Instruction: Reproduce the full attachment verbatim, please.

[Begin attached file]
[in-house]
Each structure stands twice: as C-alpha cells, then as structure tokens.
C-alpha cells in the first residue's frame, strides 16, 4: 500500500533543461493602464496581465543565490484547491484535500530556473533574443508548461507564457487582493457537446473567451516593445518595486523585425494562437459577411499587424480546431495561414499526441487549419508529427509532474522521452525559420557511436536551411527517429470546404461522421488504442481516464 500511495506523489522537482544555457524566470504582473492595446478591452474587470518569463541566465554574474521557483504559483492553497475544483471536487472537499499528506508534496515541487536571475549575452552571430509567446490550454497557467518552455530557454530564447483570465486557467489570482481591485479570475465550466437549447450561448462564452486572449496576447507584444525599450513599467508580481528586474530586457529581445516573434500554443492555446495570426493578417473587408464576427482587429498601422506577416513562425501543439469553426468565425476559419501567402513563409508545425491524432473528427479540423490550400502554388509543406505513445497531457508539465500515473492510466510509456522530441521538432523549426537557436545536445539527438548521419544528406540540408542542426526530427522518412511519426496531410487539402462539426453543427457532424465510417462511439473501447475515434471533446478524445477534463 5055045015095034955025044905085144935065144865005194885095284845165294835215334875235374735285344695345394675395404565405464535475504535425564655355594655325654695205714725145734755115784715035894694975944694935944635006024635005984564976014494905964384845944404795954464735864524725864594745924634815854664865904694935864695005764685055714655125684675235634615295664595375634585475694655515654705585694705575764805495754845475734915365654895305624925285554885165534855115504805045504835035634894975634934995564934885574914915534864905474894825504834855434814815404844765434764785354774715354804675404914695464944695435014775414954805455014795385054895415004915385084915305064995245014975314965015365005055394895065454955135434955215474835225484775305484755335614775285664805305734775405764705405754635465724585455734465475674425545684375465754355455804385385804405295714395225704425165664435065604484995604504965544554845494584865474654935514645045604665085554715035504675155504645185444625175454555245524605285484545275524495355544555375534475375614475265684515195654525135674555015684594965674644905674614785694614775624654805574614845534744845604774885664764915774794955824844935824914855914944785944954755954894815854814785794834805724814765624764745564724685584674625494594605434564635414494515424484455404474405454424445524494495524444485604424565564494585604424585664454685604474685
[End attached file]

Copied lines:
[in-house]
Each structure stands twice: as C-alpha cells, then as structure tokens.
C-alpha cells in the first residue's frame, strides 16, 4: 500500500533543461493602464496581465543565490484547491484535500530556473533574443508548461507564457487582493457537446473567451516593445518595486523585425494562437459577411499587424480546431495561414499526441487549419508529427509532474522521452525559420557511436536551411527517429470546404461522421488504442481516464 500511495506523489522537482544555457524566470504582473492595446478591452474587470518569463541566465554574474521557483504559483492553497475544483471536487472537499499528506508534496515541487536571475549575452552571430509567446490550454497557467518552455530557454530564447483570465486557467489570482481591485479570475465550466437549447450561448462564452486572449496576447507584444525599450513599467508580481528586474530586457529581445516573434500554443492555446495570426493578417473587408464576427482587429498601422506577416513562425501543439469553426468565425476559419501567402513563409508545425491524432473528427479540423490550400502554388509543406505513445497531457508539465500515473492510466510509456522530441521538432523549426537557436545536445539527438548521419544528406540540408542542426526530427522518412511519426496531410487539402462539426453543427457532424465510417462511439473501447475515434471533446478524445477534463 5055045015095034955025044905085144935065144865005194885095284845165294835215334875235374735285344695345394675395404565405464535475504535425564655355594655325654695205714725145734755115784715035894694975944694935944635006024635005984564976014494905964384845944404795954464735864524725864594745924634815854664865904694935864695005764685055714655125684675235634615295664595375634585475694655515654705585694705575764805495754845475734915365654895305624925285554885165534855115504805045504835035634894975634934995564934885574914915534864905474894825504834855434814815404844765434764785354774715354804675404914695464944695435014775414954805455014795385054895415004915385084915305064995245014975314965015365005055394895065454955135434955215474835225484775305484755335614775285664805305734775405764705405754635465724585455734465475674425545684375465754355455804385385804405295714395225704425165664435065604484995604504965544554845494584865474654935514645045604665085554715035504675155504645185444625175454555245524605285484545275524495355544555375534475375614475265684515195654525135674555015684594965674644905674614785694614775624654805574614845534744845604774885664764915774794955824844935824914855914944785944954755954894815854814785794834805724814765624764745564724685584674625494594605434564635414494515424484455404474405454424445524494495524444485604424565564494585604424585664454685604474685